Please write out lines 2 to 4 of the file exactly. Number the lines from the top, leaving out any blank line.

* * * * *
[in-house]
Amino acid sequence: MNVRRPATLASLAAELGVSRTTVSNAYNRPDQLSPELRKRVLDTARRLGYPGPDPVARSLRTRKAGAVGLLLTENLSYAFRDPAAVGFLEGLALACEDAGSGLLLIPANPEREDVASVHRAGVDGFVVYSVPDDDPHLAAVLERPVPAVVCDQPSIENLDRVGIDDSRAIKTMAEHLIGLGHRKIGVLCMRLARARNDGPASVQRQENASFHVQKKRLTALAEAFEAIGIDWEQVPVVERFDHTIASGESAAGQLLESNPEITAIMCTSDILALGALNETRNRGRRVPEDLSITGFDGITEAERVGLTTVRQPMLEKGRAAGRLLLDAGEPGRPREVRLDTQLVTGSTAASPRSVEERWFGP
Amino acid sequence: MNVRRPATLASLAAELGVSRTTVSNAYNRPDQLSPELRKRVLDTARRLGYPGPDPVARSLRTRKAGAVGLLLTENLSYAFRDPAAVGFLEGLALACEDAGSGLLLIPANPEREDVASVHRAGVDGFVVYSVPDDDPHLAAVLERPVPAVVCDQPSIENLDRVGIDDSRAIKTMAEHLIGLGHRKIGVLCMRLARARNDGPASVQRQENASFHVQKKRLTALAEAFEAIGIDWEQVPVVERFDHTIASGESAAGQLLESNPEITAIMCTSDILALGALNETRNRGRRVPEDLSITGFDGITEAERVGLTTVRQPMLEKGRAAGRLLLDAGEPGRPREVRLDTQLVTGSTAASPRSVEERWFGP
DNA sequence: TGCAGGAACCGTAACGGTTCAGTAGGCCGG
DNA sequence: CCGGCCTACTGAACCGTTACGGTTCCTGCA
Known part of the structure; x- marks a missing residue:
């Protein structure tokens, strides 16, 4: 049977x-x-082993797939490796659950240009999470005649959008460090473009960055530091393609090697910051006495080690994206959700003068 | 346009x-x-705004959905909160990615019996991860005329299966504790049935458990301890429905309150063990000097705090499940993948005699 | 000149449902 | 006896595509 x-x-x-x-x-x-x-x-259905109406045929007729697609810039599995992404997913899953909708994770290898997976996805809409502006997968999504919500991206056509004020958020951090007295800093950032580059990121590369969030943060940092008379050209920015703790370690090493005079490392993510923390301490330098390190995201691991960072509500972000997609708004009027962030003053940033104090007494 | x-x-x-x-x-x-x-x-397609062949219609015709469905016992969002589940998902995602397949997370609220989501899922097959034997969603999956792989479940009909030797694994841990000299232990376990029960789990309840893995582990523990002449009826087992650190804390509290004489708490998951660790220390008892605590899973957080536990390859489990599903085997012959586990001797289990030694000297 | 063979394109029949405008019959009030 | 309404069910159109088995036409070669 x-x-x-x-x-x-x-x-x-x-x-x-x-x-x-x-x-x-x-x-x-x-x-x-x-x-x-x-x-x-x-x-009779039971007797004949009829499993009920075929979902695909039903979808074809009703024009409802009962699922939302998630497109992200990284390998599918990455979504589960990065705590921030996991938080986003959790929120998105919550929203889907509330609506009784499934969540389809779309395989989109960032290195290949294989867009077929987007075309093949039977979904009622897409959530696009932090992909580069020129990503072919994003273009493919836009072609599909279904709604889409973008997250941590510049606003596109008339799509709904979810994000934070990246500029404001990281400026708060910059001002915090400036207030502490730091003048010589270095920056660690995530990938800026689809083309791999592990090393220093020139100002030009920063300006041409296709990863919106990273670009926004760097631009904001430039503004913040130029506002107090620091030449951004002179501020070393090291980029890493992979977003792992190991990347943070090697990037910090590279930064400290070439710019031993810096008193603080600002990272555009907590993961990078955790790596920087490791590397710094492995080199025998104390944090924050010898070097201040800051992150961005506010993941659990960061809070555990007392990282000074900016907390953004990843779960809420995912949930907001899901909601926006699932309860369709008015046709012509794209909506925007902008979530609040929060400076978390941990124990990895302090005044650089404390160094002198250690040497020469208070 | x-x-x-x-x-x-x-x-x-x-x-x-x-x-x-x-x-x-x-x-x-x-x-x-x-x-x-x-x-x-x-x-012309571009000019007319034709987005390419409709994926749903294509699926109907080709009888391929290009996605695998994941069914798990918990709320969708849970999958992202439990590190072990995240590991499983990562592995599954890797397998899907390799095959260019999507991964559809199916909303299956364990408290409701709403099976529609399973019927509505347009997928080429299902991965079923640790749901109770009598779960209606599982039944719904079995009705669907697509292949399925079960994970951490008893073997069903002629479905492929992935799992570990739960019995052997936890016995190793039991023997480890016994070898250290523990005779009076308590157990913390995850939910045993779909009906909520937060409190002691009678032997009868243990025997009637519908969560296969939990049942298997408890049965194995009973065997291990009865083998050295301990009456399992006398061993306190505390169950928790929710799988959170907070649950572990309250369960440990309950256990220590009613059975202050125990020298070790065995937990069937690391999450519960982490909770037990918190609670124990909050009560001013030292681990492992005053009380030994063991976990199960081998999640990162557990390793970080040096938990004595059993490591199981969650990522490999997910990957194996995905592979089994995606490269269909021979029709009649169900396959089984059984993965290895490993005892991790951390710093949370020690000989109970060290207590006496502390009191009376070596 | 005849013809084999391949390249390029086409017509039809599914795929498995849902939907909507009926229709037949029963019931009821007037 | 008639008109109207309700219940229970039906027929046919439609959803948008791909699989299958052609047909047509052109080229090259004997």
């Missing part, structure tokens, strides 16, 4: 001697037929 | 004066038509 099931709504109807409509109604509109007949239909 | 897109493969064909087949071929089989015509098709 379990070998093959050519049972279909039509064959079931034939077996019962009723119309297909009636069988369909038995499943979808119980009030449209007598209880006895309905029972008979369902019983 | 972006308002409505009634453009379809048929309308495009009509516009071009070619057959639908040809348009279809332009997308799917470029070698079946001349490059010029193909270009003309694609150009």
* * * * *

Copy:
Amino acid sequence: MNVRRPATLASLAAELGVSRTTVSNAYNRPDQLSPELRKRVLDTARRLGYPGPDPVARSLRTRKAGAVGLLLTENLSYAFRDPAAVGFLEGLALACEDAGSGLLLIPANPEREDVASVHRAGVDGFVVYSVPDDDPHLAAVLERPVPAVVCDQPSIENLDRVGIDDSRAIKTMAEHLIGLGHRKIGVLCMRLARARNDGPASVQRQENASFHVQKKRLTALAEAFEAIGIDWEQVPVVERFDHTIASGESAAGQLLESNPEITAIMCTSDILALGALNETRNRGRRVPEDLSITGFDGITEAERVGLTTVRQPMLEKGRAAGRLLLDAGEPGRPREVRLDTQLVTGSTAASPRSVEERWFGP
Amino acid sequence: MNVRRPATLASLAAELGVSRTTVSNAYNRPDQLSPELRKRVLDTARRLGYPGPDPVARSLRTRKAGAVGLLLTENLSYAFRDPAAVGFLEGLALACEDAGSGLLLIPANPEREDVASVHRAGVDGFVVYSVPDDDPHLAAVLERPVPAVVCDQPSIENLDRVGIDDSRAIKTMAEHLIGLGHRKIGVLCMRLARARNDGPASVQRQENASFHVQKKRLTALAEAFEAIGIDWEQVPVVERFDHTIASGESAAGQLLESNPEITAIMCTSDILALGALNETRNRGRRVPEDLSITGFDGITEAERVGLTTVRQPMLEKGRAAGRLLLDAGEPGRPREVRLDTQLVTGSTAASPRSVEERWFGP
DNA sequence: TGCAGGAACCGTAACGGTTCAGTAGGCCGG